Tokyo Ghoul has become a defining anime series of the 2010s and is widely recognized for its unique blend of genres, including dark fantasy, psychological horror, and action. With its bestselling manga, hugely popular anime, and various spin-offs, Tokyo Ghoul is one of few anime series to achieve mainstream success. With nearly a decade of content, it’s hard to deny that Tokyo Ghoul has left a lasting mark on anime and beyond. Sui Ishida’s manga spawned a media empire of video games, live-action films, merchandise, and more, consistently giving fans something to look forward to.
Tokyo Ghoul’s popularity can be attributed to its engaging storyline, unique characters, and distinct art style. Set in a world shared by flesh-eating Ghouls and humans, the protagonist, Ken Kaneki, experiences a terrible accident, resulting in him becoming a half-Ghoul. The manga was first serialized in the seinen manga magazine Weekly Young Jump from September 2011 to September 2014. Over this period (and beyond with Tokyo Ghoul :re), it was remarkably successful, selling over 44 million copies as of February 2019, making it the best-selling manga franchise of the 2010s. On the site MyAnimeList, it holds the title of the 5th most popular manga, outranking Bleach, Death Note, One-Punch Man, and other massively popular series.
Tokyo Ghoul is often credited with revitalizing horror manga and, while it may have encouraged works of that genre, the series is more a blend of manga’s darker genres. Dealing in dark fantasy and the psychological with rich worldbuilding and deep character study, Tokyo Ghoul owes much of its success to its unique tone and storytelling approach. There’s some serious depth, with enough edginess to appeal heavily to the seinen demographic. It’s this blend that enticed such a strong fanbase, which would expand exponentially following the anime.
The Tokyo Ghoul franchise has been adapted into different mediums and has seen various sequels over the years. Let’s look back at each of these as a retrospective for this iconic series.
The original manga remains the best piece of Tokyo Ghoul media out there, brilliantly kicking off the franchise and rounding off with a powerful ending never adapted elsewhere. Sui Ishida’s artwork is stunning, and his writing is superb, crafting a world that is both fascinating and terrifying. The characters are complex and well-developed, and the themes explored in the manga are thought-provoking and impactful.
The 2014 anime adaptation of Tokyo Ghoul was divisive. On one hand, it awkwardly condensed and rearranged the manga’s plot, which long-time readers weren’t happy about. On the other, it was able to adapt Ishida’s story in a way that appealed to more people than ever. It was episode 12, “Ghoul,” that really came to define the series. Studio Perriot put forth their best, perfectly recreating Kaneki’s inner conflict, his iconic white hair shift and his fantastic battle against Jason. Overall, the season opened the floodgates for the Tokyo Ghoul fanbase, quickly making the anime one of the most popular of the year and eventually of all-time.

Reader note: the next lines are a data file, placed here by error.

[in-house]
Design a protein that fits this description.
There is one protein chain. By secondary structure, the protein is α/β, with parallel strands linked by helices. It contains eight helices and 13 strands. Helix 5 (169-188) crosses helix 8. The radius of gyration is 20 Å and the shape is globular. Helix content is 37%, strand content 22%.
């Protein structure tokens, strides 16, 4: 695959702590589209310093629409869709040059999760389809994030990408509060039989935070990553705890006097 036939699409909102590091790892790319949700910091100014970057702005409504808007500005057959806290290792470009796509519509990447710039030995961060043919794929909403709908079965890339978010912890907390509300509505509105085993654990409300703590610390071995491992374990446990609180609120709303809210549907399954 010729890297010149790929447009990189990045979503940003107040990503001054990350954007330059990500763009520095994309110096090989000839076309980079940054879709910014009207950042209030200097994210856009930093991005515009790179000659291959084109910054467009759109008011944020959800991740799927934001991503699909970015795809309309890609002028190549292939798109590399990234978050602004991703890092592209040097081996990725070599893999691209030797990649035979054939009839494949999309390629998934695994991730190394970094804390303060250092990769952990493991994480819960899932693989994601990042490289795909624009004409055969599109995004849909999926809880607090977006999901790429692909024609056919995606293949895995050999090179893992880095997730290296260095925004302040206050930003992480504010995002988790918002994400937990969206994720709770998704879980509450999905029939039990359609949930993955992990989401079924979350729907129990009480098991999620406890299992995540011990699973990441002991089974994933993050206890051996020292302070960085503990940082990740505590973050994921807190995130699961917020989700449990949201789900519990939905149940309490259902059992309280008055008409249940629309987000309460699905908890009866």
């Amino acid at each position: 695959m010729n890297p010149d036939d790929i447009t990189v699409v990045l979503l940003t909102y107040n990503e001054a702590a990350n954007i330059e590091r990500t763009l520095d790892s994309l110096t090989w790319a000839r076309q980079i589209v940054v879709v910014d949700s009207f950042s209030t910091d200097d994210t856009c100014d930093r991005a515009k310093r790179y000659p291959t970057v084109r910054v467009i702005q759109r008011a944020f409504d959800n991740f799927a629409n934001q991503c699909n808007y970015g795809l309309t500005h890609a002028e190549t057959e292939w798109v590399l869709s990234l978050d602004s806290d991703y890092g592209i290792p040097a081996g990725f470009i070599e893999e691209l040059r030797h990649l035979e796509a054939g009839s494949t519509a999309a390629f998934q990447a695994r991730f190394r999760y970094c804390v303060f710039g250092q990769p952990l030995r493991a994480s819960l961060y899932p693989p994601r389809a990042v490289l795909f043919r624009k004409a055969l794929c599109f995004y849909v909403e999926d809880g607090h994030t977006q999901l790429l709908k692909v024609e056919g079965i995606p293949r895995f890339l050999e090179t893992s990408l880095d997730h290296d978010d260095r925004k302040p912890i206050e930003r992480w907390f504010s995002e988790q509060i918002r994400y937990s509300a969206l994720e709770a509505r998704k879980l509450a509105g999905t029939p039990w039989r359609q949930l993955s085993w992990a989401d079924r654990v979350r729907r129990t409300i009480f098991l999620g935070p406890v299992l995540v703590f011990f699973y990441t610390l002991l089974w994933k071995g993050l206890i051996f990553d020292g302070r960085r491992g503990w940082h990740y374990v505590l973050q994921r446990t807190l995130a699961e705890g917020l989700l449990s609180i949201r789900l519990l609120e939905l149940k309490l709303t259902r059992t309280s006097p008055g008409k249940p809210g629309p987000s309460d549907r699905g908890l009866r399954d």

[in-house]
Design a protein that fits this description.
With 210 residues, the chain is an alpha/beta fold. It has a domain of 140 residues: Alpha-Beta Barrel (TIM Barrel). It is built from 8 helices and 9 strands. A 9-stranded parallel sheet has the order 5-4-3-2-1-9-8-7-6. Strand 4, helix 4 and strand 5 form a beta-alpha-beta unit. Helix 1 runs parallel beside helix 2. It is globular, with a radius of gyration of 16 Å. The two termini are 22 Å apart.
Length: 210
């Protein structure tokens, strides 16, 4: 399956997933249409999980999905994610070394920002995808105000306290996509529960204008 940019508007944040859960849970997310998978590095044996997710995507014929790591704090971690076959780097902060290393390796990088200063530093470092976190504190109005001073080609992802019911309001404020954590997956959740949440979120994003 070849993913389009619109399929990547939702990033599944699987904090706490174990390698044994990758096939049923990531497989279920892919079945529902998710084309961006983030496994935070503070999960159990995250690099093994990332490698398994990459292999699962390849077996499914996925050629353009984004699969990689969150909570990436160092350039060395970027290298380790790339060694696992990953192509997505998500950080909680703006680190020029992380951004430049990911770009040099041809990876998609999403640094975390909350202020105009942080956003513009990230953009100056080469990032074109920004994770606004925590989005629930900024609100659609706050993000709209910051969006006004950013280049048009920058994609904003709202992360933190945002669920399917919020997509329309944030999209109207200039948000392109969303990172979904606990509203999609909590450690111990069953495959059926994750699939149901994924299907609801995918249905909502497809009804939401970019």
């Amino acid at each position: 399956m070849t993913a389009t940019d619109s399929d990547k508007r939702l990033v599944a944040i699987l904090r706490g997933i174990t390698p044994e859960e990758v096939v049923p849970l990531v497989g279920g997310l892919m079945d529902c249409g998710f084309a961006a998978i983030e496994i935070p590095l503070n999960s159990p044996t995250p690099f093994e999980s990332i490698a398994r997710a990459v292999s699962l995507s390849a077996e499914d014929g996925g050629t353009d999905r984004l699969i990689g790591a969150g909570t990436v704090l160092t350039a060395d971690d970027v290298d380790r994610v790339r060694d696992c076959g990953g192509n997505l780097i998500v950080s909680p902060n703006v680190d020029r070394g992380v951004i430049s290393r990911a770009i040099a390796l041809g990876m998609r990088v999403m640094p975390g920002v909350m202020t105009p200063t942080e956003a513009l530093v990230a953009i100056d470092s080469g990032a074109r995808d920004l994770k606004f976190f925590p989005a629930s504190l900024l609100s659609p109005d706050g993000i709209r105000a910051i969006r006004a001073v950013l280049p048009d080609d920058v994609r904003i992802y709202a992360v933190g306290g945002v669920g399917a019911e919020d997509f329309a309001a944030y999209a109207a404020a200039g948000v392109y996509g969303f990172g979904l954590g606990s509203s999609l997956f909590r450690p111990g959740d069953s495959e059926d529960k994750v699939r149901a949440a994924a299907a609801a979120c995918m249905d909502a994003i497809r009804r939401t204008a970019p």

There was also the opening. Unravel by Toru Kitajima (TK) took over the world for a while, introducing many to an exciting new side of Japanese music. In what may be TK’s magnum opus, Unravel was a fantastic track tailor-made for Tokyo Ghoul, and it’s a strong contender for the most popular anime opening of the 2010s – with competition from Attack on Titan’s Guren no Yumiya. Paired with powerful visuals playing into the credits of episode 12, the opening created a lasting impact that remains to this day.
The second season of the anime, Tokyo Ghoul √A (Root A), was an original story not found in the manga. While it had some interesting ideas, it was not as well-received as the first season, and many fans found it lacking in comparison. Still, it had its moments, including a fantastic opening theme, “Munou” by österreich, which stands out as one of the best anime openings of the season.
Tokyo Ghoul:re is the sequel manga to the original Tokyo Ghoul, continuing the story two years after the events of the first series. While it wasn’t as well-received as the original, it still has its fair share of fans, and it expands on the worldbuilding and character development of the first series. The anime adaptation of Tokyo Ghoul:re also divided the fanbase, with many feeling that it didn’t live up to the original.
Finally, there are the various spin-offs, including Tokyo Ghoul: Jack and Tokyo Ghoul: Pinto, which explore the backstories of side characters from the original series. There’s also Tokyo Ghoul:re Call to Exist, a video game adaptation that allows players to step into the world of Tokyo Ghoul and battle it out as a Ghoul or a member of the CCG.
In conclusion, Tokyo Ghoul has had a massive impact on anime and manga, and it’s easy to see why. With its unique blend of genres, engaging storyline, and unforgettable characters, it’s no wonder that it has such a devoted fanbase. While not all of the spin-offs and adaptations have lived up to the original, they still offer a chance to explore the world of Tokyo Ghoul in different ways. And with a live-action adaptation in the works, the franchise shows no signs of slowing down anytime soon.
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